Laying hen,, egg weight,, cholesterol,, shell thickness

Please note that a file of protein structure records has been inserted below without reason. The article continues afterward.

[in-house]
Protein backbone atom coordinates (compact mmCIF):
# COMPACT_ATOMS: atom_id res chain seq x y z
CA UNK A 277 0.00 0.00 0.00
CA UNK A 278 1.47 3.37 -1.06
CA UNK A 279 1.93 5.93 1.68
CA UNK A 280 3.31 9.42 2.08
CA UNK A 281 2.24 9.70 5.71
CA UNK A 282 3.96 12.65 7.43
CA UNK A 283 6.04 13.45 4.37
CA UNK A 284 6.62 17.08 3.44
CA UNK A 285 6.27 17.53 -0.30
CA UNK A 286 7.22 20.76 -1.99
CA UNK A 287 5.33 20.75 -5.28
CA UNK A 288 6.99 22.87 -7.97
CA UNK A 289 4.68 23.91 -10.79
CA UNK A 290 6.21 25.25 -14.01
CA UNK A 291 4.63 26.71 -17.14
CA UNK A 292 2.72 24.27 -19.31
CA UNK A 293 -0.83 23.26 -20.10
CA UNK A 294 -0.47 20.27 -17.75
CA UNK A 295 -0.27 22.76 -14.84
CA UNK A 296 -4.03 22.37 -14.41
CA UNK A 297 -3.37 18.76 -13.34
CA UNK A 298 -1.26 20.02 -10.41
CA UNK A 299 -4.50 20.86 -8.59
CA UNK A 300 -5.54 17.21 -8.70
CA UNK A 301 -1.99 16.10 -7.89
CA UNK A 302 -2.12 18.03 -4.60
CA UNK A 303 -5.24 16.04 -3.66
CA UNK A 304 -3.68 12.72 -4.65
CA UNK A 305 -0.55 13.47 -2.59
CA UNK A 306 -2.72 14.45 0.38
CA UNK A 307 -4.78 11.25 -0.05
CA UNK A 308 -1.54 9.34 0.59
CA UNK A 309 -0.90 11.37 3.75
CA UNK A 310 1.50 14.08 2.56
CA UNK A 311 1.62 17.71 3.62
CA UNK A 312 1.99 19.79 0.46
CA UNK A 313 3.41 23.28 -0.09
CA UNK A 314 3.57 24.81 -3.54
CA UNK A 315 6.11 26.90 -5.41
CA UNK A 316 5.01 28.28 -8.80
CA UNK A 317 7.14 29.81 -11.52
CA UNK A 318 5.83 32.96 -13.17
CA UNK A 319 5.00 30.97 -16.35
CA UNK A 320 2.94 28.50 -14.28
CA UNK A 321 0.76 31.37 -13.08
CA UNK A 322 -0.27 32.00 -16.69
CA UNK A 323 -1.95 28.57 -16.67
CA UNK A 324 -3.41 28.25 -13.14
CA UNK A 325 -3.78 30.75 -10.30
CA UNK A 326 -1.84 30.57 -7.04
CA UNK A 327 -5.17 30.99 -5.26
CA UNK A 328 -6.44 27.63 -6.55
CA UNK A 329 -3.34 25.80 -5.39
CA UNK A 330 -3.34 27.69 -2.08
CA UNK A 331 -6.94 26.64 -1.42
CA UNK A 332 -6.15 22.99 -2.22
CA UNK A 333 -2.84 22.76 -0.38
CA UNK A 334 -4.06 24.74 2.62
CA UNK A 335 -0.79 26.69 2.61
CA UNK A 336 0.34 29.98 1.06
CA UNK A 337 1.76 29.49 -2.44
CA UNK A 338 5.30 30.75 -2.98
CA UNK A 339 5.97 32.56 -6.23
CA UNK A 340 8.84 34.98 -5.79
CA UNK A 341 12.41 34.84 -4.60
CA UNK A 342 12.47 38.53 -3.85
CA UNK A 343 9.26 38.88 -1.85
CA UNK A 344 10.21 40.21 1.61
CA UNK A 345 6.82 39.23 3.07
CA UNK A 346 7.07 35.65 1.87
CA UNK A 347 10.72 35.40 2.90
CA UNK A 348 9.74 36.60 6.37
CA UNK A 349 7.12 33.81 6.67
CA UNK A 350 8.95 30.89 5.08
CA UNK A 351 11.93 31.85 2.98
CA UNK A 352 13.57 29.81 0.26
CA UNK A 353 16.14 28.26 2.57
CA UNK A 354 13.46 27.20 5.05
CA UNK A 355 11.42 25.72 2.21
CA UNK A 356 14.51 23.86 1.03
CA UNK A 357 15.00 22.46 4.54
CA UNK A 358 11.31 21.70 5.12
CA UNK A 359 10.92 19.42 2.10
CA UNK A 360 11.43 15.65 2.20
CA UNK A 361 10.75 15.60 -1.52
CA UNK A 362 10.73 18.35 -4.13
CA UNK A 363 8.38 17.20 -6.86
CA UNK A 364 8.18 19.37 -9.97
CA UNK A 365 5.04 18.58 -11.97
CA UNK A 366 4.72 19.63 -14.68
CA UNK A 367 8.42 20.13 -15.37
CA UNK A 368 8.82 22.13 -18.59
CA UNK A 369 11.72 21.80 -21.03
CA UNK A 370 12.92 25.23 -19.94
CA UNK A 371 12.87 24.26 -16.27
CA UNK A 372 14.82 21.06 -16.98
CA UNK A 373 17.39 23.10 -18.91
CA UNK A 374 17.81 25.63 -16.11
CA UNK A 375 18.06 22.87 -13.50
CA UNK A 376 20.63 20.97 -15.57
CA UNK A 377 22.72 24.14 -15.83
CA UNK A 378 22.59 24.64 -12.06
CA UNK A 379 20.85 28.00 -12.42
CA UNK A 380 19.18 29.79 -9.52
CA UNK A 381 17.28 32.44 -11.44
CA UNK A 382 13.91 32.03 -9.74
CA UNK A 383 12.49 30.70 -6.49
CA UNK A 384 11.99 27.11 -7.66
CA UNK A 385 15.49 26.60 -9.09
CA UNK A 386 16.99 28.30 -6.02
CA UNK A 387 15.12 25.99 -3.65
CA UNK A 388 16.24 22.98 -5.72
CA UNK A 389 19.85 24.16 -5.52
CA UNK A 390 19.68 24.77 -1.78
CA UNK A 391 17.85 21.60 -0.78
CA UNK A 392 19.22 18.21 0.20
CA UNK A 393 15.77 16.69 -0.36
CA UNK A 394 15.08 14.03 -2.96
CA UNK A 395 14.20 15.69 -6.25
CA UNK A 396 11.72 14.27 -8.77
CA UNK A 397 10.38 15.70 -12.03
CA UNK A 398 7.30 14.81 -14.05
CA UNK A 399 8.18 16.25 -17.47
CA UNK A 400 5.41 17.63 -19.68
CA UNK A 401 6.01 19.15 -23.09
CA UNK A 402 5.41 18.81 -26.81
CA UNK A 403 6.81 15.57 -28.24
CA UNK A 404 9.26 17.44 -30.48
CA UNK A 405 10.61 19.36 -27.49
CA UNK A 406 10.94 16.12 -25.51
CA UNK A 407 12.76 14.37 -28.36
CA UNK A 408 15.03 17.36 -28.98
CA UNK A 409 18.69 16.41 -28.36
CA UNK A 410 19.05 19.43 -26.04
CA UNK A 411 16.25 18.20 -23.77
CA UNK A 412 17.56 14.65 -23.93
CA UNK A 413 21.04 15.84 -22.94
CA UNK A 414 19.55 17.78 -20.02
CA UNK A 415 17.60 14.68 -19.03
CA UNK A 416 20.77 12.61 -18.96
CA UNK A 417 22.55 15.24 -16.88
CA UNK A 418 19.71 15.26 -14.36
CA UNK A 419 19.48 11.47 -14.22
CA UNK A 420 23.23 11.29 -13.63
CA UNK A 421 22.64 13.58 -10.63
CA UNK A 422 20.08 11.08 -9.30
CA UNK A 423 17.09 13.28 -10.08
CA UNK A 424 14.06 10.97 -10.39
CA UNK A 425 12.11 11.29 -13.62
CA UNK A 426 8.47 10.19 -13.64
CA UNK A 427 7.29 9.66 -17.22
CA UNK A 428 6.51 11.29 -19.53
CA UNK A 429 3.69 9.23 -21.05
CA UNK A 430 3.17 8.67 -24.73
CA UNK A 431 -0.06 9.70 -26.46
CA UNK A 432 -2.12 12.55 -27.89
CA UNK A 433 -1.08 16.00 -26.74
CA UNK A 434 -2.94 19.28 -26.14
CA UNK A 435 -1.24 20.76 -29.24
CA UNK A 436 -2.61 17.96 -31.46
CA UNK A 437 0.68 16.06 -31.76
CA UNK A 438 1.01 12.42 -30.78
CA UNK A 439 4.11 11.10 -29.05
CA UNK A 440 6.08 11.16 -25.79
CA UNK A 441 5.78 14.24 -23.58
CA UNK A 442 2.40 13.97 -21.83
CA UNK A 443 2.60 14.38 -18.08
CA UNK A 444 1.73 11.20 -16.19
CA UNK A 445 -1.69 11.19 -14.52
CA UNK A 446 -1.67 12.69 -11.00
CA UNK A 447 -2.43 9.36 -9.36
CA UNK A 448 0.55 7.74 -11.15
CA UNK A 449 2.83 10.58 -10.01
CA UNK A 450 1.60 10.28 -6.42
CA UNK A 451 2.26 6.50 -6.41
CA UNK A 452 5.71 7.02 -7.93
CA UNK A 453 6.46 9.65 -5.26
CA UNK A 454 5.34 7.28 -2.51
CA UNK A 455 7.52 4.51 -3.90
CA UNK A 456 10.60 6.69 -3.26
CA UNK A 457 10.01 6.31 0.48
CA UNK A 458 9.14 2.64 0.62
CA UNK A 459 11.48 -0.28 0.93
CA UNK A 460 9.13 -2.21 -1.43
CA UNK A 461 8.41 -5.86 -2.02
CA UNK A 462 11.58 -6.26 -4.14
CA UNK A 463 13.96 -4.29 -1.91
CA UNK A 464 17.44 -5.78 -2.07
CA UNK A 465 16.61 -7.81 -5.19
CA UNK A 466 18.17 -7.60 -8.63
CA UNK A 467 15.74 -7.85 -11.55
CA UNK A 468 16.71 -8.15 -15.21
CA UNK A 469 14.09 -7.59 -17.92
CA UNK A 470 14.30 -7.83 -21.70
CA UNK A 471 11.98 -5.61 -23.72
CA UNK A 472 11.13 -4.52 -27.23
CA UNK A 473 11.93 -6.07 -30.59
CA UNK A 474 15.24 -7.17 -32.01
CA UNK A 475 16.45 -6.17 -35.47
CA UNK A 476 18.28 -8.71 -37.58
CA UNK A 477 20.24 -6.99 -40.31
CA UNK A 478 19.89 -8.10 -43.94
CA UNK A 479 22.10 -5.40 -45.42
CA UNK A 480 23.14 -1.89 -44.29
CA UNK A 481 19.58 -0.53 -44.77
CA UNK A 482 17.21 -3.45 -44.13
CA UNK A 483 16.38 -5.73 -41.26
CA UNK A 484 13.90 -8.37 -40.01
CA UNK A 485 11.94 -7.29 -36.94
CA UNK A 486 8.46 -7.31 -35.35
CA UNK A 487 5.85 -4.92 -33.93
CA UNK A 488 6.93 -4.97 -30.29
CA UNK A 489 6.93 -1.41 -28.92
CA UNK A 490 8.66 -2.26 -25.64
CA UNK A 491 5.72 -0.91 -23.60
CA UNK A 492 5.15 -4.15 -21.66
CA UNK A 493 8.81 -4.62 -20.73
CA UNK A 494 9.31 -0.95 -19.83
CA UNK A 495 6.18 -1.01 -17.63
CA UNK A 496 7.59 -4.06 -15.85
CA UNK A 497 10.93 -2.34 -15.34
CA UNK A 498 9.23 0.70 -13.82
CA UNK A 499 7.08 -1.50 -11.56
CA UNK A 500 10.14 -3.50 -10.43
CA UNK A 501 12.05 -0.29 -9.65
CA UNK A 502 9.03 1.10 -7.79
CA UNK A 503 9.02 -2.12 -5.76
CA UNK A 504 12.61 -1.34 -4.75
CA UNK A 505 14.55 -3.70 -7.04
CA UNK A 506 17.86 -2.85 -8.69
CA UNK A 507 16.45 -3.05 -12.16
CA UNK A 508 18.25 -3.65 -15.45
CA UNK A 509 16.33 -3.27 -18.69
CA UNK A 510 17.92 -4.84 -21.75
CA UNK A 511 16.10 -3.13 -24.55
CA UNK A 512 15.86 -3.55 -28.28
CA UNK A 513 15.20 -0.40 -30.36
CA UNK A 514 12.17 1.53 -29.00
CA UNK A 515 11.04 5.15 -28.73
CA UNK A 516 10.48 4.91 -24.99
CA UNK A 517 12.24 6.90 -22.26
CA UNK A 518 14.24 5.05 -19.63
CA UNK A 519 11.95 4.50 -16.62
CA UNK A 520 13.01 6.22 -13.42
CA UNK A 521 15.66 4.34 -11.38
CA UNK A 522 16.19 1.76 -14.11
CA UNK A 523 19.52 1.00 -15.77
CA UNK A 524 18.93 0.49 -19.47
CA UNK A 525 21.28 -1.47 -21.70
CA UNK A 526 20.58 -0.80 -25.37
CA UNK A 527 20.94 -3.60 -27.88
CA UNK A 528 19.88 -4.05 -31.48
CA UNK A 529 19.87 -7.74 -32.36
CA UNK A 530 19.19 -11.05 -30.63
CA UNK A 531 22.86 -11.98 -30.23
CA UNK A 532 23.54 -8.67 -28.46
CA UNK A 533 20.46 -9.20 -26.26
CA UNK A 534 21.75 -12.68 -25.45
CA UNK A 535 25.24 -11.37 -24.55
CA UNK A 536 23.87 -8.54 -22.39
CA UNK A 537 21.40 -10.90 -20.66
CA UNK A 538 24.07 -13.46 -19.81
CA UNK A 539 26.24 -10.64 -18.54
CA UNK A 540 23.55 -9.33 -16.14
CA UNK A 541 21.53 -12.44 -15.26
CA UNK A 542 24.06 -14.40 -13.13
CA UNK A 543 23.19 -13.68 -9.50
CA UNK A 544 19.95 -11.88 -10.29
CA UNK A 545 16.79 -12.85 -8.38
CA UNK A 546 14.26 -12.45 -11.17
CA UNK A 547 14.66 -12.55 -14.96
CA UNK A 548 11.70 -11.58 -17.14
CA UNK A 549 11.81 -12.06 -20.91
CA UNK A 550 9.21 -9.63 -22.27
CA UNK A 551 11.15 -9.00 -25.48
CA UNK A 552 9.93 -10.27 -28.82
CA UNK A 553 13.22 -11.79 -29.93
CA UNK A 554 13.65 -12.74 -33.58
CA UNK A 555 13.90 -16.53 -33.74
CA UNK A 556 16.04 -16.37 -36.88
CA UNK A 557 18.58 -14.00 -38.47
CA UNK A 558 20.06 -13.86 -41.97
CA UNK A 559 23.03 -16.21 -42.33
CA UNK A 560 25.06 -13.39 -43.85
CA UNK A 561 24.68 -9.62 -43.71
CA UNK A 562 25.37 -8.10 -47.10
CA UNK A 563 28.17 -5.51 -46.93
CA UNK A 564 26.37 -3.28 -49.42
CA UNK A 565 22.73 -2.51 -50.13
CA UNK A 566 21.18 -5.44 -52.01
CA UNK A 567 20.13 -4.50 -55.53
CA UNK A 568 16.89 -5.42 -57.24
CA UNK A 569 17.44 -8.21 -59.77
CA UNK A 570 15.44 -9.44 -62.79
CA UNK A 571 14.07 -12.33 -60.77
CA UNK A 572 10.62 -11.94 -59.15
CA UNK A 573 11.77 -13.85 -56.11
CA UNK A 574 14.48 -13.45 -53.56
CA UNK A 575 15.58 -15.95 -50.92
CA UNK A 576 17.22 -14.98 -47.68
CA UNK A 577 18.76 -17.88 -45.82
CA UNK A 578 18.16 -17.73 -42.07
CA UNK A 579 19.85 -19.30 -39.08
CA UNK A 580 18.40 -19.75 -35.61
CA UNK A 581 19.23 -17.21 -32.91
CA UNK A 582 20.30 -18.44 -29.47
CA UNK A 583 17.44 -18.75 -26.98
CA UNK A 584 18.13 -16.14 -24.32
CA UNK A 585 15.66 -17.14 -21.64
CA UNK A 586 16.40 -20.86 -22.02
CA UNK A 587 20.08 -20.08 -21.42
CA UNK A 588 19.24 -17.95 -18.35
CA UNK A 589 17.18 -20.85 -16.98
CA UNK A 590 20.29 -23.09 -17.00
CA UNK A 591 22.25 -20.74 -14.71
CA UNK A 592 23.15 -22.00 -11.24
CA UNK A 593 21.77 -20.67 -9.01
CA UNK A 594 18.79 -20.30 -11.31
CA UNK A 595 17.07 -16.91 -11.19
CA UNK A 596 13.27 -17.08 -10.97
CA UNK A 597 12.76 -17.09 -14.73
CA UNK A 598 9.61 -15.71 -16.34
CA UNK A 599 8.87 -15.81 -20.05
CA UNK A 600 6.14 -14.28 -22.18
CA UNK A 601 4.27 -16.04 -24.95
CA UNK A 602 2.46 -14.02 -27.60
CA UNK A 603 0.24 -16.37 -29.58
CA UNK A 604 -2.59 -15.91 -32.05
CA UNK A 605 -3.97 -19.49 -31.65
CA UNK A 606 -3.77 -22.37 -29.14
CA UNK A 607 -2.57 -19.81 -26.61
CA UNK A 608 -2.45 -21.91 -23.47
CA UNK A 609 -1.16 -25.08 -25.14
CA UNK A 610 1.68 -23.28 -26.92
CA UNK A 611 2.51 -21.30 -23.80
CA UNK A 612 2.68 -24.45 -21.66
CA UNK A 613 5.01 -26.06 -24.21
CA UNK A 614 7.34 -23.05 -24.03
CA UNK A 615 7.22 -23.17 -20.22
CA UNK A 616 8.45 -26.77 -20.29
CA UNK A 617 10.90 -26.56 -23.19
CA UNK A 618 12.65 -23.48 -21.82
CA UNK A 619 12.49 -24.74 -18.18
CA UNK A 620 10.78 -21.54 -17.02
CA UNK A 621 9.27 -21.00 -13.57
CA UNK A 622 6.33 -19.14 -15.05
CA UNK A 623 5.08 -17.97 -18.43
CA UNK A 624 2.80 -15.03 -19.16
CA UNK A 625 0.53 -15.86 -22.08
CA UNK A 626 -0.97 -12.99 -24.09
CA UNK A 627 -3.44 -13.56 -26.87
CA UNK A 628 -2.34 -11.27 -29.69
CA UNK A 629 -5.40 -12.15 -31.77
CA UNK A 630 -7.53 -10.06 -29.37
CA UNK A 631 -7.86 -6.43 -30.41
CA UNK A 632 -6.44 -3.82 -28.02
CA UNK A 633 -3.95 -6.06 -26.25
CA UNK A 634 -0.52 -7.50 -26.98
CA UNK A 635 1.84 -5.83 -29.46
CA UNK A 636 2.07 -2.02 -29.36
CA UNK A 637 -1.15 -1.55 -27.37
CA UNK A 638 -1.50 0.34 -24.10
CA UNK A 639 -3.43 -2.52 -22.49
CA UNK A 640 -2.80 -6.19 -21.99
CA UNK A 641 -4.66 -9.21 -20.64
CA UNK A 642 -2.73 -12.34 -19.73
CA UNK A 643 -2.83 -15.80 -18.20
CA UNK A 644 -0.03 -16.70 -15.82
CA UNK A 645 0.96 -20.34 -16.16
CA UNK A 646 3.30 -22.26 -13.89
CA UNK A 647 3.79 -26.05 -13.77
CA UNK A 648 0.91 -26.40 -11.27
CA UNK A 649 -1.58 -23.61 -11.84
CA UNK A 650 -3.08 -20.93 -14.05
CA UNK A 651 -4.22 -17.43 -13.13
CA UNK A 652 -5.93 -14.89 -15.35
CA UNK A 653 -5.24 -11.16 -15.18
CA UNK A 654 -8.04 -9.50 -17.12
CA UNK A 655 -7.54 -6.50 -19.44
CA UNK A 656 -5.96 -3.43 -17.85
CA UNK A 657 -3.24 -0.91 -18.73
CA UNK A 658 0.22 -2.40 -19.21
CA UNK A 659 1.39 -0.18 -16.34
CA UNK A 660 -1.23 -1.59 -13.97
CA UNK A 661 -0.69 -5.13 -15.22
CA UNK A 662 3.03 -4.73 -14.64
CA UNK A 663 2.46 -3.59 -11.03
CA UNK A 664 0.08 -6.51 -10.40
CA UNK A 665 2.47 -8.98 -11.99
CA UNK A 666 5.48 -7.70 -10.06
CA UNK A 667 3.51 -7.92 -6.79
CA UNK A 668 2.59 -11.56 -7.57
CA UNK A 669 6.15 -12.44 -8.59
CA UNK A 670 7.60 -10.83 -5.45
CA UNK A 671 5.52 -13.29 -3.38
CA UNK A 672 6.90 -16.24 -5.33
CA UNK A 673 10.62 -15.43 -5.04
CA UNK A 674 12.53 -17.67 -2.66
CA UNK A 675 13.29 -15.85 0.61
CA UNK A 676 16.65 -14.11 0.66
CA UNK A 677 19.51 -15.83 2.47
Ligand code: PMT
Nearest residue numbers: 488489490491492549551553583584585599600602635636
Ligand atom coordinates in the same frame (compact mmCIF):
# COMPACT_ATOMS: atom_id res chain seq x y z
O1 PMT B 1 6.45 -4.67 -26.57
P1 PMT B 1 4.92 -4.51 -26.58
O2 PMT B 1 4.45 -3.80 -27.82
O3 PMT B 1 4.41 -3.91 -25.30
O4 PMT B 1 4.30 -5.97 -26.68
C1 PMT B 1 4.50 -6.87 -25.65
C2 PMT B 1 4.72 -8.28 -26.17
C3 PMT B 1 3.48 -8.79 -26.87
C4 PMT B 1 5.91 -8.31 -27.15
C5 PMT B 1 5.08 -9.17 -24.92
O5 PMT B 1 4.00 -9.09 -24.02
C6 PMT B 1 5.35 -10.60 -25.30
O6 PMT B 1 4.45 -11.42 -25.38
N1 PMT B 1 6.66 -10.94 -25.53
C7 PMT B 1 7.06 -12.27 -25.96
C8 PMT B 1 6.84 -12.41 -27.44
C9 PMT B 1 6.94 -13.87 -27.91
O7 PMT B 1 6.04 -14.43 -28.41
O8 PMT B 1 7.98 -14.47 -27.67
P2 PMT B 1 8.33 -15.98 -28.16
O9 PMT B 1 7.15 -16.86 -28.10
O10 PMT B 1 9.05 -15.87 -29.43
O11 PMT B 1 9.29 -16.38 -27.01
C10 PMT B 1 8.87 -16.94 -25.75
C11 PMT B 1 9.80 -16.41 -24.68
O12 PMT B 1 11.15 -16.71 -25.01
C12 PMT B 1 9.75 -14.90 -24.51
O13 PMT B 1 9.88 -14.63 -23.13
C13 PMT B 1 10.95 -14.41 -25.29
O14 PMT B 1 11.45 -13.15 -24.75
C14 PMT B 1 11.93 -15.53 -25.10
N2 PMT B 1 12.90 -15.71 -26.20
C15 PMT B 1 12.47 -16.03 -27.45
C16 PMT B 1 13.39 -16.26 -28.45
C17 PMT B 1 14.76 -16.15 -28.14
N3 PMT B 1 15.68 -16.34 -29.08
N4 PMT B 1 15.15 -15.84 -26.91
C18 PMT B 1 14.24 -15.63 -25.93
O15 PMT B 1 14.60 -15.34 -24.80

The effect of breeds on egg quality of egg-type chickens from Plymouth Rock and White Leghorn commercial laying hens was investigated. The aim was to determine the egg weight, cholesterol levels and shell thickness on a commercial poultry farm over twelve weeks. A total of 408 laying hens were evaluated for the two breeds, which commenced from the fifth week into lay for twelve weeks. The birds were aged 24 weeks at the commencement of the study. The biological material consisted of 50 randomly collected eggs per week, and all eggs laid during the study period were weighed. Conventional AOAC methods were used to analyze the eggs. All data were analyzed using the R-core statistical package, and results were presented graphically. The results showed that the White leghorn breed (red, breed 1) had a heavy and significant average egg weight (50-60g) over Plymouth rock (blue, breed 2), which recorded a mean average of 20-37g.  Shell thickness was the same for the two breeds at week 1 (47mm). White leghorn had consistent shell thickness between 49 and 53mm, while the Plymouth rock breed increased from 41 to 50mm. Eggs from the Plymouth rock breed had a cholesterol concentration of 0.57 – 0.65 mmol/L, while the White leghorn breed ranged from 0.51 – 0.55 mmol/L. It can be concluded that since the two breeds performed differently under similar dietary and management conditions, the White leghorn breed influenced better and had higher egg weight and shell thickness, while the nutritive value component from cholesterol was higher in the Plymouth rock.


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